A public apology

Dear Serena Chopra,

I am writing this to you, and as an open letter to our community, to apologize and work toward reconciliation. Thank you for the heartfelt, complex conversation in December, set up by Kate Speer and facilitated by Helanius Wilkins. I'm filled with gratitude for all three of you for your generous, thoughtful participation in this process.


In 2018 we broke off our collaboration on Control Group’s show Watching Night Falling mid-process. What for me was a struggle to navigate funding and schedule challenges was for you an excruciating break of trust and respect, and pressure to leave a project in which you had invested extensive, vulnerable work. I'm deeply sorry for my actions that contributed to this awful experience with Control Group.

I invited you and other collaborators into this project despite lacking the funding that our original vision hoped for, and with less organized planning than we all needed. This paved the way for misunderstandings that deteriorated trust as the project progressed. I'm sorry I failed to build a clear, mutual agreement about expectations for our work together before it began.

In our work together, I invited you to share your personal stories and experiences around immigration and the North Aurora community, the project’s core topic and an area where you have unique experience. But my directorial feedback on your contributions – asking for a more balanced treatment of gentrification – left you feeling that I was criticizing your perspective. I’m sorry that I delivered our artistic process in a way that left you feeling disrespected and devalued.

Partway through our rehearsal process, I asked if you would be willing to split your fee with another artist, sharing with you that Control Group didn't have any other funds available. In retrospect, I realize that was incredibly insensitive and problematic within my role as collaborator and leader of the project. I understand how this acted out a trope of systemic oppression: a white cis-man in a power position pressuring a BIPoC, queer, female collaborator to work for less. I'm sorry that I acted out this awful trope, and thereby damaged our trust. I’m deeply sorry for making this request to you, and for the hurt I inflicted.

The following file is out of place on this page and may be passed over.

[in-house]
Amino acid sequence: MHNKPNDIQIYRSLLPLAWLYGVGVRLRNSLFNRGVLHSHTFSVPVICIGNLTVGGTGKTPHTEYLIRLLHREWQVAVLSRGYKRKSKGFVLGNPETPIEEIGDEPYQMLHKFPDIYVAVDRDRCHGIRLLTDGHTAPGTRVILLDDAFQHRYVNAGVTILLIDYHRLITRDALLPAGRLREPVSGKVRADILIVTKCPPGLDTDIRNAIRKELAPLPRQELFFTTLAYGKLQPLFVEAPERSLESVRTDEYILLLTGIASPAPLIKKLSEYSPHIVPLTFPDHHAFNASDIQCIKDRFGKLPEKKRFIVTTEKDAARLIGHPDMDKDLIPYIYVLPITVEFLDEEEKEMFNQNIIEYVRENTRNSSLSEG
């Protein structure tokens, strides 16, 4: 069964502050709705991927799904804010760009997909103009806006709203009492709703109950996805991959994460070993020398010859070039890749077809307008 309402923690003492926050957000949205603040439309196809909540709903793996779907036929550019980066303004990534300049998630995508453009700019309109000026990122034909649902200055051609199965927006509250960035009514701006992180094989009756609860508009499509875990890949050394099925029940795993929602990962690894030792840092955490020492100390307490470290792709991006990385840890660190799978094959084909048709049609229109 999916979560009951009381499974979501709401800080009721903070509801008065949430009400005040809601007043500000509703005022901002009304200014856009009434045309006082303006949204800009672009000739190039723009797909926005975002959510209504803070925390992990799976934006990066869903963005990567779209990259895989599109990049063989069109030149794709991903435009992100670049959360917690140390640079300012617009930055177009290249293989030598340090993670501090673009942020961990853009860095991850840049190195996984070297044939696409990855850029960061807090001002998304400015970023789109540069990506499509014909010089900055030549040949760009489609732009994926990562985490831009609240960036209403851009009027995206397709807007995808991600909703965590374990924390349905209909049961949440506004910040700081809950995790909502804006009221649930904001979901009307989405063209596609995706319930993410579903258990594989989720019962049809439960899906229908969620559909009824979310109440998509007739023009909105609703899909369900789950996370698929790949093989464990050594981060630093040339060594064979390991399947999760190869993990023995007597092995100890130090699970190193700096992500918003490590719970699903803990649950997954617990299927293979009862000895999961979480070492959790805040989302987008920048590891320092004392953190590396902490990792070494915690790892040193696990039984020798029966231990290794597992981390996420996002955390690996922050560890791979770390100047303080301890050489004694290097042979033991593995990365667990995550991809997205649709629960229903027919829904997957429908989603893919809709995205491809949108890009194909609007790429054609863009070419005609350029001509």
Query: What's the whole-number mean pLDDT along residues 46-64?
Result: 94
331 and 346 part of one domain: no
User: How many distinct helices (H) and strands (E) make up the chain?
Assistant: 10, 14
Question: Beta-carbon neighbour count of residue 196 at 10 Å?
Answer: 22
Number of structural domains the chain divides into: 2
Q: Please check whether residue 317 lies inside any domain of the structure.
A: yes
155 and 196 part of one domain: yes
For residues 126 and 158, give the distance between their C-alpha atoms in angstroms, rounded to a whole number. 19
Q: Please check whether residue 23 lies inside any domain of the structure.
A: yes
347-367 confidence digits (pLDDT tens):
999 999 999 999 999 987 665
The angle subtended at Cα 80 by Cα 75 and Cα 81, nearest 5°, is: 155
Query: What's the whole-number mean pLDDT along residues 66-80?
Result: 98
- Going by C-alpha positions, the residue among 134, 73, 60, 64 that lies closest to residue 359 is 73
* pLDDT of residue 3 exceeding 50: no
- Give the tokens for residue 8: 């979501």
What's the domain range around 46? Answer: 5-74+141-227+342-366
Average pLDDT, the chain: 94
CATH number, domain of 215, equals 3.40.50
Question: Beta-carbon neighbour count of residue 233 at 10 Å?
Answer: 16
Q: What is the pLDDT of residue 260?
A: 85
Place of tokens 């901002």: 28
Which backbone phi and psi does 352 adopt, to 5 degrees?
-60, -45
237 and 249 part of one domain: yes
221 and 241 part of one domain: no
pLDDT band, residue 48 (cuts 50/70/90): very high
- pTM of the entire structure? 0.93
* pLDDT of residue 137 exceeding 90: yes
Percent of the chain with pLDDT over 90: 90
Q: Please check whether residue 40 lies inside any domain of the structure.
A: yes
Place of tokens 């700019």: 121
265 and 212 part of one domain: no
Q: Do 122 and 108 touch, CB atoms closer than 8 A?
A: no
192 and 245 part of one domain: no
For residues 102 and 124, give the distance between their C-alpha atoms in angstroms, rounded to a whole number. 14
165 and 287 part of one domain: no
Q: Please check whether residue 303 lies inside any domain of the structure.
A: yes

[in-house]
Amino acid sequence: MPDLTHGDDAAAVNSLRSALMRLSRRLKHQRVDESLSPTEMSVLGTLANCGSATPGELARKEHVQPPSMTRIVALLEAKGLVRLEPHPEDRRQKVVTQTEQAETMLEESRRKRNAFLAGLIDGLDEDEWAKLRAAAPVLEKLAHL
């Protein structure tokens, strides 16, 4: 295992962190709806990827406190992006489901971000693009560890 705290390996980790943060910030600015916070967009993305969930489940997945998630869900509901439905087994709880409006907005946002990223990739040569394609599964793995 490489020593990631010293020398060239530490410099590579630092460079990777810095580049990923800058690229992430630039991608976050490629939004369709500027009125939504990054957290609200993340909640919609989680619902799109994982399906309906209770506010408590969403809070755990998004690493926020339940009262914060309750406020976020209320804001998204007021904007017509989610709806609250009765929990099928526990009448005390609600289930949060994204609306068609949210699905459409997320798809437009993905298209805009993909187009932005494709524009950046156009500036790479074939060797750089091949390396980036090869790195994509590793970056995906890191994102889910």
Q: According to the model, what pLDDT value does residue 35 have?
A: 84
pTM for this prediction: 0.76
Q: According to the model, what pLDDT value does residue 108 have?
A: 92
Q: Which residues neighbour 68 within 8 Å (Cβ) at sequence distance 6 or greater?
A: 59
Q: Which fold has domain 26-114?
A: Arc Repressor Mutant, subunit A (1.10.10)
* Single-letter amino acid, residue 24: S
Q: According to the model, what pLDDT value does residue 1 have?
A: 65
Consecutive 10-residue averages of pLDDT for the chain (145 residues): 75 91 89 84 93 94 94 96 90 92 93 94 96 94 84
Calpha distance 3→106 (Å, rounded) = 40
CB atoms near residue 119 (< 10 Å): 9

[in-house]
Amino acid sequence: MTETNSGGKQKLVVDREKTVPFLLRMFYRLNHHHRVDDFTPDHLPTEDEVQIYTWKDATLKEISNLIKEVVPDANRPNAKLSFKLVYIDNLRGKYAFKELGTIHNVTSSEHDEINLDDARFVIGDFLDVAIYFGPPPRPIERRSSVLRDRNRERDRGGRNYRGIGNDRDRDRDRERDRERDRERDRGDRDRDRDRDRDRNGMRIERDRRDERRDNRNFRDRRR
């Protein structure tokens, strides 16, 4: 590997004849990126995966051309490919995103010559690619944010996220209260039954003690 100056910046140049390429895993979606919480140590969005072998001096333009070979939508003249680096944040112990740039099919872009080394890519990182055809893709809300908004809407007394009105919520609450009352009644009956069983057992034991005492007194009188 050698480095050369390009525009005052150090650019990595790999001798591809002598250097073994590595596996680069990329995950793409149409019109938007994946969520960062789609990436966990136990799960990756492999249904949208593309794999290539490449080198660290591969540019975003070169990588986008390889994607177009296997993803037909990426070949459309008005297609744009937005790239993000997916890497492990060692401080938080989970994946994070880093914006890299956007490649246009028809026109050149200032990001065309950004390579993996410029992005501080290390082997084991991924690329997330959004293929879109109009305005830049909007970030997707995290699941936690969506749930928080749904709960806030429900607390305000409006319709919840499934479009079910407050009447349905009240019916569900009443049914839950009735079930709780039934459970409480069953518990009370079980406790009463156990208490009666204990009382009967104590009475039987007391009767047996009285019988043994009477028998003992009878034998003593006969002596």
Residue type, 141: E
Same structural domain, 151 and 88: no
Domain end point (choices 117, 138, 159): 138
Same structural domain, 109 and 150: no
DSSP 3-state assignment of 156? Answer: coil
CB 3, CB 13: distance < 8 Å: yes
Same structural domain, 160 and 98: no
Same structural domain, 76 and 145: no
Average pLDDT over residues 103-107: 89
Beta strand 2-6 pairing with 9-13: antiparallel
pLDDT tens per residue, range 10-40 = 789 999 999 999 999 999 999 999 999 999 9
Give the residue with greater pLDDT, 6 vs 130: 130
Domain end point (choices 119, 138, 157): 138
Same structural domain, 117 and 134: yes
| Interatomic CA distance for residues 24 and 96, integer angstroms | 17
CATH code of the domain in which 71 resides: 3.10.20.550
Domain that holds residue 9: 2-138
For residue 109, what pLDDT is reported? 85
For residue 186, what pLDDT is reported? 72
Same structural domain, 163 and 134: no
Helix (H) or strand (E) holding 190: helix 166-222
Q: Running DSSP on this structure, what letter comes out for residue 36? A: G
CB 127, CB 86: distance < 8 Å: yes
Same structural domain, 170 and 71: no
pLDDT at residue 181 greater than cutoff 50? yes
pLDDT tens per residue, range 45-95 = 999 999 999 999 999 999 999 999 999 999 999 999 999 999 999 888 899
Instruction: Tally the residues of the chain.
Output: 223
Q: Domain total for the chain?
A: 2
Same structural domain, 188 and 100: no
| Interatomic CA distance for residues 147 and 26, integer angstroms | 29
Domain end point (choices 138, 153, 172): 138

This led to a breakdown in trust that resulted in you feeling pressured to leave the project. I sent you less than a third of the originally agreed upon artist fee, despite you having requested half for your services. We agreed that I would not use the contents you had created during the process, and the remaining collaborators and I restructured the project accordingly. We shifted the focus toward stories drawn from local history and ecology, but retained several ideas you contributed in group brainstorms. This experience left you feeling robbed of the work and ideas that you had contributed to the project. I’m sorry that I communicated in a way that ruptured your trust in me, and sorry I wasn’t able to honor your fee request, which I realize heightened your experience of delegitimization. I am particularly sorry for the outcome: that my actions prevented you from continuing with our shared work, weakened the project, and left you feeling that I had stolen your work and ideas.

My goal in any collaboration is to cultivate trust and support growth in everyone involved, and together to build something that extends far beyond our original vision. I have spent a lot of time over the last two years trying to understand and learn from this situation and others like it that I have had with other collaborators. Our recent conversation was very helpful in moving me forward in this work – again, thank you for being willing to re-engage honestly and vulnerably. I’ll continue to work to identify habits, assumptions, and interpersonal moments that deteriorated trust with you, and to find ways to shift/avoid/undo these tendencies in order to be a trustworthy collaborator and leader.

Earlier this fall, with the support of Control Group’s board, I assembled a set of commitments to actions and policies designed to avoid these types of situations. You can find them here.

Based on our conversation, I will also continue to work to build embodied empathy around this and other experiences of conflict, and recognize the heightened challenges Queer, BIPoC, and many other people face in being seen and validated within the systemic oppressions of our social space. I look forward to mobilizing these ideas in my daily being-in-the-world and in my work, with a goal of building a collaborative creative practice defined by radical trust, working on deep and patient listening, and seeking ways for us to step together away from those social structures into more mutually nourishing spaces.

Patrick Mueller

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